My Lada T132 is badged Sewmaster and it is one of my favourite sewing machines. It’s got straight stitch, zig-zag and fancy stitches with Singer Fashion Discs – the flat variety.
I’ve had it for some seven years now, and it has always been doing its job steadily and without fuss, as you would expect from an early 1960s machine. 🙂
I’ve learned a lot about sewing machine mechanics since then, so it was time to review my Lada’s setup and give it a tune-up.
The foot lift and pressure
I always thought that the foot lift was rather wanting – you could barely squeeze thicker seams under the foot even though the machine didn’t seem to have any trouble sewing through that. Also the foot pressure seemed rather high.
Ok, let’s review! The manual has a page with specs where it states that the foot lift should be 7mm. And what have I got? 4mm! That’s about a half of what it should be! Ouch.
I have already noticed before that not all “standard” low shank feet are equally standard – some are shorter than others. In particular basic straight stitch and zig-zag feet are on average 2mm shorter than the rest. But I did find a few feet in my drawer that were full height – those are the ones I need to use with Lada!
Actually, I didn’t even have to test those feet – they are listed in the manual. :-s
Now all I have to do is find them…
So, with the right feet located, I need to find the shortest one among them and reset the presser bar to the correct height. It is held in position with just one screw here.
This takes care of the foot lift which is now 7mm like in the manual. 🙂 It also helps with the foot pressure which is now a lot more reasonable. However, this machine is a fine worker, and for fine materials the foot pressure is still a bit high – I keep turning it down until the adjuster pops out.
Actually, the lowest achievable pressure here is far from zero – you have to compress the spring quite a bit to get the screw back in. So I choose a drastic measure and clip the spring.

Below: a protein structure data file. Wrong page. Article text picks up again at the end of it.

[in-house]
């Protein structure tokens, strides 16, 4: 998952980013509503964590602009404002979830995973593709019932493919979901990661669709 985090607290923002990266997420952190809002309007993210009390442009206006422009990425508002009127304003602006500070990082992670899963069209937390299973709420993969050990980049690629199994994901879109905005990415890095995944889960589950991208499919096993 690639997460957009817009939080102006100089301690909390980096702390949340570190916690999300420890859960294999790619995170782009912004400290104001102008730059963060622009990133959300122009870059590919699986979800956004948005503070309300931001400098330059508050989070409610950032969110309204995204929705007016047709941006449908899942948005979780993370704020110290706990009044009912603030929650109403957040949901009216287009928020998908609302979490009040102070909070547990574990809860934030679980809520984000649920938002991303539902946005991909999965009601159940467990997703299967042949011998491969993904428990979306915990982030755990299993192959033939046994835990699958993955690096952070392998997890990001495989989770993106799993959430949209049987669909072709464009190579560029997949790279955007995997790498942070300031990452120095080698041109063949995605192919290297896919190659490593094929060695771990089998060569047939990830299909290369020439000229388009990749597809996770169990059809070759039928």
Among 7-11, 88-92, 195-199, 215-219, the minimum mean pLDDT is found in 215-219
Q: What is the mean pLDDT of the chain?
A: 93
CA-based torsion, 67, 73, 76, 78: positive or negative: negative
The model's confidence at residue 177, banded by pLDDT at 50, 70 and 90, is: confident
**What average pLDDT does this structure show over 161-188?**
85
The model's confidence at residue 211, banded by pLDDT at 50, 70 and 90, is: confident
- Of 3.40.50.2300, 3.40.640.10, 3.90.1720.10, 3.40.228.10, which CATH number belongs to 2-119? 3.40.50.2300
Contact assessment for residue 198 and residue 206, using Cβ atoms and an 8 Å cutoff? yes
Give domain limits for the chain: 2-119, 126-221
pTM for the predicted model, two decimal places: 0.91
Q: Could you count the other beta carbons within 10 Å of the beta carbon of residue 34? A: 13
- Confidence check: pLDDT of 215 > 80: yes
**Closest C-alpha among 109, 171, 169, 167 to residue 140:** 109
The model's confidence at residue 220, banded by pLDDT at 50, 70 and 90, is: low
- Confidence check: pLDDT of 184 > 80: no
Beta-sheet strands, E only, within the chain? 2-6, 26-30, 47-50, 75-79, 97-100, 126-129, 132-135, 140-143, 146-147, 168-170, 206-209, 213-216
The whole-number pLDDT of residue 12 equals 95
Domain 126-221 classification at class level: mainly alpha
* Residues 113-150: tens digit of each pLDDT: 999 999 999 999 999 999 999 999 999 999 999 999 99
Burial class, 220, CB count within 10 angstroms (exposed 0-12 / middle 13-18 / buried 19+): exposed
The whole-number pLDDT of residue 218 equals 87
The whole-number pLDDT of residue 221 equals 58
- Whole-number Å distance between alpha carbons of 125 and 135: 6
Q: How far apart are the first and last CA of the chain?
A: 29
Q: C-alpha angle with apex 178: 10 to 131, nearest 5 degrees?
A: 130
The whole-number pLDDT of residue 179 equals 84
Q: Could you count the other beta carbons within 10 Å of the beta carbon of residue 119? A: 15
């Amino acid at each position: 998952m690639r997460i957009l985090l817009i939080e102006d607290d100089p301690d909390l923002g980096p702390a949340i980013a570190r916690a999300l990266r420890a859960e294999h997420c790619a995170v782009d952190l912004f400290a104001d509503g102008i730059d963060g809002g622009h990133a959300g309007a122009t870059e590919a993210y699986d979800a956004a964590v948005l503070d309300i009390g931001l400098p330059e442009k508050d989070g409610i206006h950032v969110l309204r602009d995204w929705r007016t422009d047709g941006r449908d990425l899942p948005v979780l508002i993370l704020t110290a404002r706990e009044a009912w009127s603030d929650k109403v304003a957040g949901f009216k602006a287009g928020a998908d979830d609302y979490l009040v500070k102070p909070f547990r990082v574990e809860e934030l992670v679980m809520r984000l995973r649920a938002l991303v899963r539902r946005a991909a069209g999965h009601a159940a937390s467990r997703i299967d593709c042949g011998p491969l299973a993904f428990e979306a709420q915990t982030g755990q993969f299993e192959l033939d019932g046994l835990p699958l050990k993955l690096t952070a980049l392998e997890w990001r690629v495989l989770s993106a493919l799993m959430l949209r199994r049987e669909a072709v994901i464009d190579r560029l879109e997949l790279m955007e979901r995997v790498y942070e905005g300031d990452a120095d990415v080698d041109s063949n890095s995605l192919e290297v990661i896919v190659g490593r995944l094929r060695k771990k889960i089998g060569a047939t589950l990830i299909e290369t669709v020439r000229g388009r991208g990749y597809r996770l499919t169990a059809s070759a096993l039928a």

Yes, I just made the spring shorter. 😮 Yes, it reduced the maximum foot pressure. 😮 So I won’t be able to sew 10mm thick felt on this – but I can’t get it under the foot anyway, so what’s the point?!
The foot pressure now has a good range for sewing light, medium and fairly heavy materials – up into heavy wools. It is now particularly suitable for sewing fine and delicate fabrics which is the strong point of this machine anyway. It’s only specified for up to 5mm thickness – see that technical data page!
The fancy stitch displacement
My T132 came with its own set of fancy stitch cams which are identical to Singer flat fashion discs but made of a different polymer.
Yet, some Singer discs made the needle hit the needle plate in its left-most position. The Singer disc that I was testing, turned out to be ever so slightly larger than the Lada disk, but only by a fraction!
Upon further investigation, it turned out that some of the original Lada discs made the needle go too far left as well! Ah, but actually the whole fancy stitching was displaced to the left, with plenty of unused space on the right.
First I had to isolate the problem, so checked needle positioning on straight stitch as well as full width zig-zag. Perfectly centred. It’s just the fancy stitches that were displaced.
Lada T132 comes in three variants: straight stitch only, straight stitch and zig-zag, and straight stitch, zig-zag and fancy stitches. The mechanism is different in these models! So beware. The variant with fancy stitches uses a built-in zig-zag cam to do zig-zag, so you switch between zig-zag and removable cams.
Lada uses two individual cam “readers” for the lower and upper cams, so something must be wrong with the upper one.
Oh! Look at that pin! It’s leaning to the left which translates to the left displacement of the fancy stitch ribbon!
I don’t know how it came to be this way; perhaps the machine had been dropped and it got bent? Well, I couldn’t bend it back and didn’t want to upply too much force so as not to snap it off or warp the whole part. So I filed the pin on the left side so it would have a perfectly vertical edge.
Problem solved! 😀 Both Lada and Singer discs work perfectly now, as intended.
Where does the oil go?
I’ve been doing my duty and oiling my Lada regularly, yet it seems to run rather stiffly. Have I been oiling it right?
Lada has lovely oil holes in all strategic places so there is no need to remove any lids other than opening the front bit to get to the take-up lever mechanism.
But it has three puzzling holes on the back – they run horizontally. What am I oiling there exactly and how far should my oil can go in?
Removing the lid on the top, we get a glimpse of where those coctail sticks come out:
Oh! So those holes actually have channels that end exactly where the oil should drop. It appears that I have been inserting the can nozzle too far.
Now I oiled it with the top lid off so I could see what I was doing. Success! The machine immediately ran so much lighter! 🙂 I might take a closer look at the other oiling holes just to make sure the oil gets where it’s needed.